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Griffin John Namin, 21, passed away after a long battle with brain cancer on June 26th. He was an upstart political figure in Connecticut politics, one of the younger operatives in the state’s GOP infrastructure. Widely known in the town of Southbury for his charm, political insight, and civic enthusiasm, Griffin was something of a throwback, an honest broker who said what he thought without equivocation. While he was undergoing treatment for brain cancer, Griffin managed to work for two Republican gubernatorial campaigns, one in the primary season, the other in the general election. He received letters from the late John McCain, Florida senator Marco Rubio, and other national figures wishing him well as he battled with his awful disease. He fought to the end. He ran the race with integrity. His death leaves a gaping hole in the state of Connecticut, the town of Southbury, and — most profoundly — the hearts of his family.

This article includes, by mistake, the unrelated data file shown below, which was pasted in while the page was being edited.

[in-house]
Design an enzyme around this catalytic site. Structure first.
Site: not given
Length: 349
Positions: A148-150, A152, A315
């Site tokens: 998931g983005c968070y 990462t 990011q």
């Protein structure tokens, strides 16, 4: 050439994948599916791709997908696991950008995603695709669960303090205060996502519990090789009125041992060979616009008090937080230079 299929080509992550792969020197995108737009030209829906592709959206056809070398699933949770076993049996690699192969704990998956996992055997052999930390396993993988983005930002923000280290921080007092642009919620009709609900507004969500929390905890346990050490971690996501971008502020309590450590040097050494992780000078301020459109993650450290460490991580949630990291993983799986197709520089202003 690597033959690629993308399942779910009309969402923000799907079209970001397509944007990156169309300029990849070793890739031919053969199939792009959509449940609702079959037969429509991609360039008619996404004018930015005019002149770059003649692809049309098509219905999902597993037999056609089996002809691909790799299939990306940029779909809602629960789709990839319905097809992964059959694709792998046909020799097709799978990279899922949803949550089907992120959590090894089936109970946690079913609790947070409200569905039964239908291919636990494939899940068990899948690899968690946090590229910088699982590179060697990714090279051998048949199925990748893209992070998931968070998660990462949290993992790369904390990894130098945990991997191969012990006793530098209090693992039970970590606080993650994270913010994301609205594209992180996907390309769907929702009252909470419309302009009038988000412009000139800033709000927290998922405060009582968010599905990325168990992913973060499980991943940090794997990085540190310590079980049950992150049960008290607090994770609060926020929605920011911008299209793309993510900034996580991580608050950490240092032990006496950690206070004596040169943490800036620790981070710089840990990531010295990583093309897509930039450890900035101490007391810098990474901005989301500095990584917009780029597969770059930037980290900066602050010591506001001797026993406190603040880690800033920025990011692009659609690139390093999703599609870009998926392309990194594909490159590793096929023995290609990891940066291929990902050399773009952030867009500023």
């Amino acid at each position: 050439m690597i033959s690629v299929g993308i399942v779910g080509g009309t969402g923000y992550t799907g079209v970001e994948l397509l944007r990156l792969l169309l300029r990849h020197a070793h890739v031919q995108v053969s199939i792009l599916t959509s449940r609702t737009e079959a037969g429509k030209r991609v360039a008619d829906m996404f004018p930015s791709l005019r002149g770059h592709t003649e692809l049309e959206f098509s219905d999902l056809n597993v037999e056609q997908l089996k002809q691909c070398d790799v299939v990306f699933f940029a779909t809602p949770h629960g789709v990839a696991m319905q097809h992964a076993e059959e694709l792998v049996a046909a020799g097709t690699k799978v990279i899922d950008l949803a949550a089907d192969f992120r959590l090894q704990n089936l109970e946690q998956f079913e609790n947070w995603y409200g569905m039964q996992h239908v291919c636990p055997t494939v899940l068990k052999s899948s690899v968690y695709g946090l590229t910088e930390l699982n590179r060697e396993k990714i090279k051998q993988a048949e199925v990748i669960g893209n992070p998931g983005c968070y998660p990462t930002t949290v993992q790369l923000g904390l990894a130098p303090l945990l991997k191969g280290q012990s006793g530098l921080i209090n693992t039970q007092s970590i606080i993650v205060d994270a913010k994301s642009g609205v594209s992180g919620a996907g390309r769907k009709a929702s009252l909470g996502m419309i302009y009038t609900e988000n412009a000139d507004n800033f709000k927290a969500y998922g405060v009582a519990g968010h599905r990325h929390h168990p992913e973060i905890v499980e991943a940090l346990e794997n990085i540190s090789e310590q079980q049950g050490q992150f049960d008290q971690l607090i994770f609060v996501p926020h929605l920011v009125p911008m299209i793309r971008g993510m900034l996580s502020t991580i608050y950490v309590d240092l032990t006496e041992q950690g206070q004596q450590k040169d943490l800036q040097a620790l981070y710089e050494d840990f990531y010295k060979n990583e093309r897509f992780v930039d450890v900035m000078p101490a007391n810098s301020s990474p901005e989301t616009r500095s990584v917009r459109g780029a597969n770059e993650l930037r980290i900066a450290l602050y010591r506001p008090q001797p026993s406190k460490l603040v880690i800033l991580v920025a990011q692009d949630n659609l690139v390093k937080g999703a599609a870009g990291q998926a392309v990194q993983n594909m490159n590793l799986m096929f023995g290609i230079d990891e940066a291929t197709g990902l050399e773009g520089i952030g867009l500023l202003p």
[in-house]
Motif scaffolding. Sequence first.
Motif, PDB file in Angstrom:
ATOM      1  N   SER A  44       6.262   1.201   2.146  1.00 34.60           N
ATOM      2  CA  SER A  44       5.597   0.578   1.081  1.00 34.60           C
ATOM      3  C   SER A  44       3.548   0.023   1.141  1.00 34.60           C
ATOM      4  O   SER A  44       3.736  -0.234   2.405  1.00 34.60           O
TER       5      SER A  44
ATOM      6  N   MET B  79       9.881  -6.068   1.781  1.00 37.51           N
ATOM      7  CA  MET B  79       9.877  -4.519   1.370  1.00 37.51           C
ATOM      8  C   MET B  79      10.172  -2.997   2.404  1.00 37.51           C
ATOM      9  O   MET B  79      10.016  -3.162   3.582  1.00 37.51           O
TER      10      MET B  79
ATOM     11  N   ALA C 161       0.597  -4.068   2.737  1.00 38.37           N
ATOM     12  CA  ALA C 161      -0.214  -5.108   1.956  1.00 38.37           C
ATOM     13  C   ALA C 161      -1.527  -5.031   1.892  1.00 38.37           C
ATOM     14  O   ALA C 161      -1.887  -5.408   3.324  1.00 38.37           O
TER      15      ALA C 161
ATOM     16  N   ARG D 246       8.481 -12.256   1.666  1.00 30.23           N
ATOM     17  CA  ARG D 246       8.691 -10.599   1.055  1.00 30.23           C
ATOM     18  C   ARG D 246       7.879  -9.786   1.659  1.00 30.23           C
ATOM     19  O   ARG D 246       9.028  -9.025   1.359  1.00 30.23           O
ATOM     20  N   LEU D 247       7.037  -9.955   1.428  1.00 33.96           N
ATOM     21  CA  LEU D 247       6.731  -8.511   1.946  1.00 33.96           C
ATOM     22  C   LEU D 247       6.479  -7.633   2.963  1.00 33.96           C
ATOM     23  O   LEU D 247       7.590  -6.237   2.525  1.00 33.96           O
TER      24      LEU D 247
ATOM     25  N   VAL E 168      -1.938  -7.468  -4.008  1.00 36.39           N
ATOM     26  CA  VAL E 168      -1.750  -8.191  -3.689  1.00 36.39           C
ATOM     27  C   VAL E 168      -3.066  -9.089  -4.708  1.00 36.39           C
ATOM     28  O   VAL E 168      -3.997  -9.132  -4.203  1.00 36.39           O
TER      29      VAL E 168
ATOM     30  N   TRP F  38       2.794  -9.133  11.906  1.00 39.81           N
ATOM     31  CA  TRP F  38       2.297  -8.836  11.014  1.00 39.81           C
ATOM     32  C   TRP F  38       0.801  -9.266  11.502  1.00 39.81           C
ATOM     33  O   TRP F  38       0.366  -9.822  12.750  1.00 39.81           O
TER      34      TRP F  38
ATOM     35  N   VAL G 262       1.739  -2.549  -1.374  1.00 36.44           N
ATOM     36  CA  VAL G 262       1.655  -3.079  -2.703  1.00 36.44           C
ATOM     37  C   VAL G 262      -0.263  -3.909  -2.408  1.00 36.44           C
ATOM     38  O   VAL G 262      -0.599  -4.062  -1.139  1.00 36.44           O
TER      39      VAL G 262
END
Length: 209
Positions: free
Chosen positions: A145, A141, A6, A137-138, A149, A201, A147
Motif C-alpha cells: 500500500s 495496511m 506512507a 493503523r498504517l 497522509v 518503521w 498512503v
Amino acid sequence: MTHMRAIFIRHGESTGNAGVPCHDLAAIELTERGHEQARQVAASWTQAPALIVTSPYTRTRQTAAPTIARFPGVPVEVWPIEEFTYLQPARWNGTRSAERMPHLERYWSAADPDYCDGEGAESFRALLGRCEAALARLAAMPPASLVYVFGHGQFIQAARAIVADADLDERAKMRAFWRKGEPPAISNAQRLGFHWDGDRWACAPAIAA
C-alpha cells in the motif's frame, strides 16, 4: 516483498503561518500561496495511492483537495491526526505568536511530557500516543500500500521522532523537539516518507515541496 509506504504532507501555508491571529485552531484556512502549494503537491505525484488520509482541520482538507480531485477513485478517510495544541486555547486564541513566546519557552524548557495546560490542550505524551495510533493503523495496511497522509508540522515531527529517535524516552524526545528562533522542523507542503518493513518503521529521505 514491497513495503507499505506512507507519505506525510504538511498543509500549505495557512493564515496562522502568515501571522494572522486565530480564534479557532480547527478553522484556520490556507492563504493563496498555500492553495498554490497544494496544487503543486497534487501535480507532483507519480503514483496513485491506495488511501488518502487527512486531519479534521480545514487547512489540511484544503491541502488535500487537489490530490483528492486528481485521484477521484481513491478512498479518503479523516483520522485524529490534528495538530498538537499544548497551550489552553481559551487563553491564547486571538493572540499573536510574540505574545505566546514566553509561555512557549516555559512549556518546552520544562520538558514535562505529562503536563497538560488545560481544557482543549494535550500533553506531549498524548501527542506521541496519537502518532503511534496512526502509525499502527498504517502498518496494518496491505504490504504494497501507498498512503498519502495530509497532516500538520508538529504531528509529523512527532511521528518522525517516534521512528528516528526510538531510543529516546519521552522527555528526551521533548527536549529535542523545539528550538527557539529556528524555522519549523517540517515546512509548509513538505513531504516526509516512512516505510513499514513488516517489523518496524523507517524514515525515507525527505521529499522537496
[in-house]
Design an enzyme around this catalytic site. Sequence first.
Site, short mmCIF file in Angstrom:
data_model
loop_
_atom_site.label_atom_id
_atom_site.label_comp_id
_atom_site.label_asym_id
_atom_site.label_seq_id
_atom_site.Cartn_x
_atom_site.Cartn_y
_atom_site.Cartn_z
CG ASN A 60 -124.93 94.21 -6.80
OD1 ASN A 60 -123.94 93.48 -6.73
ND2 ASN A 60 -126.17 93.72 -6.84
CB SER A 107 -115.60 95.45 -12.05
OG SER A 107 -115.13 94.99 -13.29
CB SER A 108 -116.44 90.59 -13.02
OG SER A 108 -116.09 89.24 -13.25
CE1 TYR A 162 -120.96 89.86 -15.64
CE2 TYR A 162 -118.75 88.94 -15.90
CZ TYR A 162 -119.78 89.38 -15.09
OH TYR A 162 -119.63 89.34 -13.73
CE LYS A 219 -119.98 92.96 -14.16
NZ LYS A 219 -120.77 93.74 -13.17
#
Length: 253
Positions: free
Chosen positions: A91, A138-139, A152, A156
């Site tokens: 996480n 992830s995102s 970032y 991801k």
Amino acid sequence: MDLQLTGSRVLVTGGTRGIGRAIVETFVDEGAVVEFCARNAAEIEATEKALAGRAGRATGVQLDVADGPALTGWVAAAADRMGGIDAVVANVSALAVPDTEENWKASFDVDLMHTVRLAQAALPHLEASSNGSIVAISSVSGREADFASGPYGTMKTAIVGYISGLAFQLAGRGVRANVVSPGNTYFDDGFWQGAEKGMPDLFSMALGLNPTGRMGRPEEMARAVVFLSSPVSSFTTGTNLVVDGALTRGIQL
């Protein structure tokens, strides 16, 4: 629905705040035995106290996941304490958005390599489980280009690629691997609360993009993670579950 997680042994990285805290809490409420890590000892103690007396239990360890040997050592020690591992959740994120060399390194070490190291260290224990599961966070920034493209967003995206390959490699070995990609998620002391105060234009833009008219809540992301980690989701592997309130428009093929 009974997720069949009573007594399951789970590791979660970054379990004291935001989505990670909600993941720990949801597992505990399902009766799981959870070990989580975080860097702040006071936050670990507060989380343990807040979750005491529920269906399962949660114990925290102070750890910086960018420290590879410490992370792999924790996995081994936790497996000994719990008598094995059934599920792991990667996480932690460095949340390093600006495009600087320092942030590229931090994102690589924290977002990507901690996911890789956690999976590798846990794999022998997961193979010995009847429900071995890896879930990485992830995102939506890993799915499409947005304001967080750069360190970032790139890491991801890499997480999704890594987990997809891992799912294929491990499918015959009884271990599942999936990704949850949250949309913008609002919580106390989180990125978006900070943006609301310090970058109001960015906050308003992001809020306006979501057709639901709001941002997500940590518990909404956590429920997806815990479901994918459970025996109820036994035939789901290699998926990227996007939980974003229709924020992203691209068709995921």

Ralph Waldo Emerson said that Sorrow makes us all children again — destroys all differences of intellect. The wisest know nothing. So it is — there are few words to say, few condolences to offer, few pithy refrains that can do anything but distantly reverberate down the walls of that bottomless pit of grief, approaching the bereaved as but an echo, hollowed of meaning, more often gestural than substantive. There is little that can assuage a family’s unbearable sorrow, little that a distant party can do to blunt the abiding pain, so I resign myself to that distinctly Johannine observation of the Evangelist recording our Lord before the tomb of Lazarus: Jesus wept.

We all weep for Griffin Namin. May God rest his soul.